Almost half of the rise in employment since 2010 has been in temporary work, according to a Trades Union Congress (TUC) analysis of official figures published ahead of the latest unemployment figures on Wednesday.
The survey shows that between December 2010 and December 2012 the number of temporary workers increased by 89,000 – that’s 46 per cent of the total rise in employment.
Some organisations claim that staff are happy with temporary or fixed-term work because it offers them greater flexibility. Official statistics, however, do not back up this claim. Involuntary temporary workers are now outnumbering voluntary temporary workers by almost two to one.
The most common form of temporary work is contract or fixed period work, though the number of people doing these jobs has fallen by 19,000 over the last two years. In contrast, casual work – for example, someone who is not part of the permanent workforce but supplies work on an irregular basis – has been the fastest growing form of temporary work, soaring by 62,000 in the last two years alone.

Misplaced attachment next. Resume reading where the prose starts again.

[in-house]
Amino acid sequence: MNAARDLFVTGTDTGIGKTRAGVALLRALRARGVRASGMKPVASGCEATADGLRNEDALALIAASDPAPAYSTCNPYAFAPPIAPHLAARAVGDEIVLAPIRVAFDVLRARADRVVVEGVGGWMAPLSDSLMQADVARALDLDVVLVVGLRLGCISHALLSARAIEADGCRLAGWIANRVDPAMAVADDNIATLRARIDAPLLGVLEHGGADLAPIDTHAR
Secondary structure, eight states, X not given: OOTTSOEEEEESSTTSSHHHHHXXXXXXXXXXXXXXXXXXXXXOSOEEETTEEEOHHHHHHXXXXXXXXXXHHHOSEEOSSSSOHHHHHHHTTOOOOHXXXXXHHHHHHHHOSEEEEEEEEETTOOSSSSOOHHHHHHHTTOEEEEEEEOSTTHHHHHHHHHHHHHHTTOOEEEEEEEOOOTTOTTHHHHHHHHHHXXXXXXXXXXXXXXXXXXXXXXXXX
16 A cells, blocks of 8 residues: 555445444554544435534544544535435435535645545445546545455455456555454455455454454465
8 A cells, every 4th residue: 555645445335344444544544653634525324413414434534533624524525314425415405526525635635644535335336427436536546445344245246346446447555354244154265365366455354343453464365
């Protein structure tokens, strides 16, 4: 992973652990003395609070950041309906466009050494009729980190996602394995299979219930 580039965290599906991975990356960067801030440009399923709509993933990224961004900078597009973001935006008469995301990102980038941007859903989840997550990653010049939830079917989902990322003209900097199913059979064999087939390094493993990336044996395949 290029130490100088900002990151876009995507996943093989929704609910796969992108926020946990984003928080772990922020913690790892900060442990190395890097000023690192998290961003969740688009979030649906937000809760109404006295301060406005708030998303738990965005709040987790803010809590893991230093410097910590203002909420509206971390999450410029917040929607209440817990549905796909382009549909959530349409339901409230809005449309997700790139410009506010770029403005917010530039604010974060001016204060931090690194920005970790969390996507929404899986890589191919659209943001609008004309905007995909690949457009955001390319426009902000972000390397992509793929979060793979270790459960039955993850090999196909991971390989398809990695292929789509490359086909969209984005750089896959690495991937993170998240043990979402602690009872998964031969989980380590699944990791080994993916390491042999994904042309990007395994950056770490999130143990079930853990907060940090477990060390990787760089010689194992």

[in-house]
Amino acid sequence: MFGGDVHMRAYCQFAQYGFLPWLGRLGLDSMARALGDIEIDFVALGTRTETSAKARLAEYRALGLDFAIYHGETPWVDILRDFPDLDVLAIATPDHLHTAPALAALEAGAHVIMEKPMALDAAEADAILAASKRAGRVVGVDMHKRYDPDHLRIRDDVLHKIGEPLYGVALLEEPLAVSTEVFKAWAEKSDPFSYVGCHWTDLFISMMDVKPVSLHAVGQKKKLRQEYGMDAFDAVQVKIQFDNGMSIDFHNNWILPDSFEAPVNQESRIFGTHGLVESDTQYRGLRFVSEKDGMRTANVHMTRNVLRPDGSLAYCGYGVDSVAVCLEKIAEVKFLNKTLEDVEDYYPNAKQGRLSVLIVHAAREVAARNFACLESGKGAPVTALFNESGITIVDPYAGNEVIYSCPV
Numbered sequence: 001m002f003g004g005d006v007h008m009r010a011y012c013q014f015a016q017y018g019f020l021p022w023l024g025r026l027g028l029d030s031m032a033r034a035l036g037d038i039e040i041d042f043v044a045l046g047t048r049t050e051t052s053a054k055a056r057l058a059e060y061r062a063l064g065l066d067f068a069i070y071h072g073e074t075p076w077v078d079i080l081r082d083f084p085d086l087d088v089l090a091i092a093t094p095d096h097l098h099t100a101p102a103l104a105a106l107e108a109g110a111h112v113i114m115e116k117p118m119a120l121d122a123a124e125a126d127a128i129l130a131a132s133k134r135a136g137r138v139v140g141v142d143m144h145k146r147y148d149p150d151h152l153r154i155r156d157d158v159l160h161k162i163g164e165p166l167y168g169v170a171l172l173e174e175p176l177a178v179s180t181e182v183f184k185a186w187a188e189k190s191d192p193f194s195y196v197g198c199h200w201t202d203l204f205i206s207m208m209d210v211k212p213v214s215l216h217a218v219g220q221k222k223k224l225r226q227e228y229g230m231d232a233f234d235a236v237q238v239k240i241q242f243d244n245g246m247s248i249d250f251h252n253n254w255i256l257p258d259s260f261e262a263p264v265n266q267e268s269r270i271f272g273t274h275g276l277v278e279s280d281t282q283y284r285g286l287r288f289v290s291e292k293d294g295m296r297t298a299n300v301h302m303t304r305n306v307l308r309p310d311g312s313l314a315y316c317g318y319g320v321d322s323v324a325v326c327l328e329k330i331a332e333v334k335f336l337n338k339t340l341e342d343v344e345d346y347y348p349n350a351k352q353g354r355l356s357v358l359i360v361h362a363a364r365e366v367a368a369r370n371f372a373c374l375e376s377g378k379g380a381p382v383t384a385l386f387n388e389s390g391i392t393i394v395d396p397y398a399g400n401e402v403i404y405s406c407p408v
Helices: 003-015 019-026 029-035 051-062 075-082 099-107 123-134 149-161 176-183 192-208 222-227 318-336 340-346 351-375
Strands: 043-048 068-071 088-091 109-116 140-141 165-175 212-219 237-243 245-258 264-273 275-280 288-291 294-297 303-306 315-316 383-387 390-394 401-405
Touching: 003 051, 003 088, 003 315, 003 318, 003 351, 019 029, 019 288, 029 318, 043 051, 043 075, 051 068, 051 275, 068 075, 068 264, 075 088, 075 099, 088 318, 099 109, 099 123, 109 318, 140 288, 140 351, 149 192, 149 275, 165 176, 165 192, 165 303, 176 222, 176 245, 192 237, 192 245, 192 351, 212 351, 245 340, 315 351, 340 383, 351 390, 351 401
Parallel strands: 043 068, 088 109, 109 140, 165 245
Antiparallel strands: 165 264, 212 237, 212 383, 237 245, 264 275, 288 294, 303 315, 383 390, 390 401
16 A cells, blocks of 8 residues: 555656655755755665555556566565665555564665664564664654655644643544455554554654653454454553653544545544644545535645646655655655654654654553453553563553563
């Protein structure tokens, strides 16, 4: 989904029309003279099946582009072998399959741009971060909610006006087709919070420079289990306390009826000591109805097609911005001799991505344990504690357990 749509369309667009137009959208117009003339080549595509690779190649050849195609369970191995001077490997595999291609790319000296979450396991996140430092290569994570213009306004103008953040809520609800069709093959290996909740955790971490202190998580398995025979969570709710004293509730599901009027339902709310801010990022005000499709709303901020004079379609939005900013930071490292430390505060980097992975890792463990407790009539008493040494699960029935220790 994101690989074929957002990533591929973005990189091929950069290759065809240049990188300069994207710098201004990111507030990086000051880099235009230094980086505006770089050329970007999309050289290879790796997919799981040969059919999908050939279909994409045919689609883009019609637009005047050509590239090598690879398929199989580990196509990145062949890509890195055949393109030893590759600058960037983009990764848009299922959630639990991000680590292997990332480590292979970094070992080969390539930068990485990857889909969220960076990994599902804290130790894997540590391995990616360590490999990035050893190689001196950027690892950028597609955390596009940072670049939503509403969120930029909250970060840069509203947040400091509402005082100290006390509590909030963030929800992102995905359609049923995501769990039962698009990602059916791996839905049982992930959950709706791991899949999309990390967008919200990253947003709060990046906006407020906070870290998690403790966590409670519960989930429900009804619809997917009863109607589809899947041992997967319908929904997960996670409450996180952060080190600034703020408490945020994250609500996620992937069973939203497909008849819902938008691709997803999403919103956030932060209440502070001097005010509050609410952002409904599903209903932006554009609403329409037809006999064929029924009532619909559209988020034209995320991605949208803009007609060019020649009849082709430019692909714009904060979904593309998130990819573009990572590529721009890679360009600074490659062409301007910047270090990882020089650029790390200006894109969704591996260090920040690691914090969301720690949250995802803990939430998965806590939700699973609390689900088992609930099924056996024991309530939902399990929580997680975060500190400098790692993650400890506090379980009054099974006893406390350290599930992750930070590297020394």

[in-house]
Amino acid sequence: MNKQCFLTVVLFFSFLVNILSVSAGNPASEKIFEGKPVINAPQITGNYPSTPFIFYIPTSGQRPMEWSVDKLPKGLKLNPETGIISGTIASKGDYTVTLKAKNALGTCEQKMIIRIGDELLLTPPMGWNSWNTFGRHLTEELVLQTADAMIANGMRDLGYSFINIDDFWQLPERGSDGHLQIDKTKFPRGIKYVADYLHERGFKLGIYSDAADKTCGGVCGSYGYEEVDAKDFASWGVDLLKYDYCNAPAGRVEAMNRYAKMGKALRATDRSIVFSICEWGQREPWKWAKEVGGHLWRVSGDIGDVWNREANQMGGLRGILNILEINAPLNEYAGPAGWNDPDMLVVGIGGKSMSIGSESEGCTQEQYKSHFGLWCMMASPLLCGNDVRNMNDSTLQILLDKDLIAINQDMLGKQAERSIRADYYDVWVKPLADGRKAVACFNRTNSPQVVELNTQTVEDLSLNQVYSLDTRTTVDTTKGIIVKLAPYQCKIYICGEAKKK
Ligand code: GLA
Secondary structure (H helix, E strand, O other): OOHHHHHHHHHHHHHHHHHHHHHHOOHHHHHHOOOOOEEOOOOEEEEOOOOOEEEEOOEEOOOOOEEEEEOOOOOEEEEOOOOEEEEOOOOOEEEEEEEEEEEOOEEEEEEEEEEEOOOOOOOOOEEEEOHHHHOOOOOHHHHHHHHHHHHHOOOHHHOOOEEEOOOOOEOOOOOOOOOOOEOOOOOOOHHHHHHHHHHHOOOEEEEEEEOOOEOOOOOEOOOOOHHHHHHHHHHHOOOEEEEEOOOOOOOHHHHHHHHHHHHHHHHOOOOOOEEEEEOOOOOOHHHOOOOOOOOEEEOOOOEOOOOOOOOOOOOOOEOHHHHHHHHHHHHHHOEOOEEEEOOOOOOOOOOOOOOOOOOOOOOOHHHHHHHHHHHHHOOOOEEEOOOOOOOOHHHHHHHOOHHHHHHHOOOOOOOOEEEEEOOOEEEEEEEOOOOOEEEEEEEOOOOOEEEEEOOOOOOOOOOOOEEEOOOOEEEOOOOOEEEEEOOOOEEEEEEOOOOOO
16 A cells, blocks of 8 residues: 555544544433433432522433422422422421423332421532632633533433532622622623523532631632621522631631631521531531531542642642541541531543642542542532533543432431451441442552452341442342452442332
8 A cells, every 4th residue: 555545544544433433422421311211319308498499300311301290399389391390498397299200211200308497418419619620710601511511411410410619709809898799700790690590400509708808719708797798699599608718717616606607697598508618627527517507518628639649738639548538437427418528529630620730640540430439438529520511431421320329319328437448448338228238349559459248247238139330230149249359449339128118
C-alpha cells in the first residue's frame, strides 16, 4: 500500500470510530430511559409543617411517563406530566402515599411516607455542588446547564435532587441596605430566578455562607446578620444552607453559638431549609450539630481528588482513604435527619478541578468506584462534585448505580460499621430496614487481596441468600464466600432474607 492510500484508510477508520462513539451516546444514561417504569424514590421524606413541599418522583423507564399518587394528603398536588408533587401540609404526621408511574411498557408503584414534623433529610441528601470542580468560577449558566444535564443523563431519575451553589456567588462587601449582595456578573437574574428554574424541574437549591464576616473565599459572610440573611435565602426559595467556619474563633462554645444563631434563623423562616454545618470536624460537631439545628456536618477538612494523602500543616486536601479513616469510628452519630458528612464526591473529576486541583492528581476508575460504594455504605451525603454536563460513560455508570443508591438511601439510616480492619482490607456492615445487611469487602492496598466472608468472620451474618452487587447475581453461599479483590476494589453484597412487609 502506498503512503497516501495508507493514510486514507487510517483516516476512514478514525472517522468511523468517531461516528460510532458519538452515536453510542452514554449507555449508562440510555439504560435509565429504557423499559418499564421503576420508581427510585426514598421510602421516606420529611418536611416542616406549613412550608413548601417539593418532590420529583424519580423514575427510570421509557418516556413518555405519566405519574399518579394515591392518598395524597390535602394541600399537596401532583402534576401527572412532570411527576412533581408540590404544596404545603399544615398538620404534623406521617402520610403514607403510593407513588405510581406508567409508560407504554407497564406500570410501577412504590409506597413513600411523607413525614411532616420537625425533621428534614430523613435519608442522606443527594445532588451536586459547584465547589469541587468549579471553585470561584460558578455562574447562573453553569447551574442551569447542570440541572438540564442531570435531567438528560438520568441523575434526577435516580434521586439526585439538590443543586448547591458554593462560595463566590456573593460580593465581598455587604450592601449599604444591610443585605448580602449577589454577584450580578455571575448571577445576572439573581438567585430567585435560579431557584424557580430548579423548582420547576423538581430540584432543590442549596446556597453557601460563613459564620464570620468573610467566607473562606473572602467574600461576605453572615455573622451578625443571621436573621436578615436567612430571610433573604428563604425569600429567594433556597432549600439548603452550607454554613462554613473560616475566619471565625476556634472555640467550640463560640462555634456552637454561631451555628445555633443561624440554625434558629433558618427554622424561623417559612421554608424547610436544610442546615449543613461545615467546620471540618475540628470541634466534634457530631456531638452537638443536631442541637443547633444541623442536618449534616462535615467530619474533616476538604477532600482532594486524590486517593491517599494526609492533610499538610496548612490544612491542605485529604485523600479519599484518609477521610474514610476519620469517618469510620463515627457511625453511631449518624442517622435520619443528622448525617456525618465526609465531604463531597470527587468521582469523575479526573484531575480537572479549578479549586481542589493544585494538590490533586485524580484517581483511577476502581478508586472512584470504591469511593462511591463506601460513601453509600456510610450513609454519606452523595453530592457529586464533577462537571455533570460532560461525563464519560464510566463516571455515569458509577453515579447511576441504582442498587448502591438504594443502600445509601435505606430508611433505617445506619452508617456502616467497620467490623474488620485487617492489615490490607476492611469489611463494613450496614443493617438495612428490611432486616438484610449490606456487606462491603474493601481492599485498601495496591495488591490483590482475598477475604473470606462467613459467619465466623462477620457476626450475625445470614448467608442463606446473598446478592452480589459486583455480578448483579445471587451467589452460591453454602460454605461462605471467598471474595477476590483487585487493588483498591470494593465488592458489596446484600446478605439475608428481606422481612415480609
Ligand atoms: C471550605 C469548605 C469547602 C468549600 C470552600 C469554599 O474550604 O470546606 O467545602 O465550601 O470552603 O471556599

The TUC believes that the rise of involuntary and casual temporary work, along with increases in involuntary part-time work and zero-hours contracts, show that beneath the headline employment figures lies an increasingly insecure, vulnerable workforce. Too many workers are not working enough hours to get by, or have no guarantee of paid work from one week to the next.
The increased casualisation of the workforce is bad for workers, who are likely to earn less, and are unable to progress their careers or plan ahead. It is also bad for the economy as low-paid, insecure work is less productive and holds back consumer spending power.
But rather than helping people who are stuck in short-term jobs, the government is making their working lives even tougher, says the TUC. Ministers have cut basic rights at work, made it easier for bad bosses to mistreat staff without fear of legal redress, and are now considering making it even easier to sack people.
The TUC warns that unless the government takes steps to encourage better working practices and the creation of good quality, permanent jobs, workers across the UK will get trapped in low-paid work with poor career prospects, and their living standards will continue to fall as a result.
TUC General Secretary Frances O’Grady said: “Millions of people have taken shorter hours, temp jobs and zero hours contracts in order to stay afloat during the recession and stagnation. But while poor pay and no career prospects may be better than the dole, these kind of jobs will not raise living standards or create a meaningful recovery for most people.
By Shané Schutte
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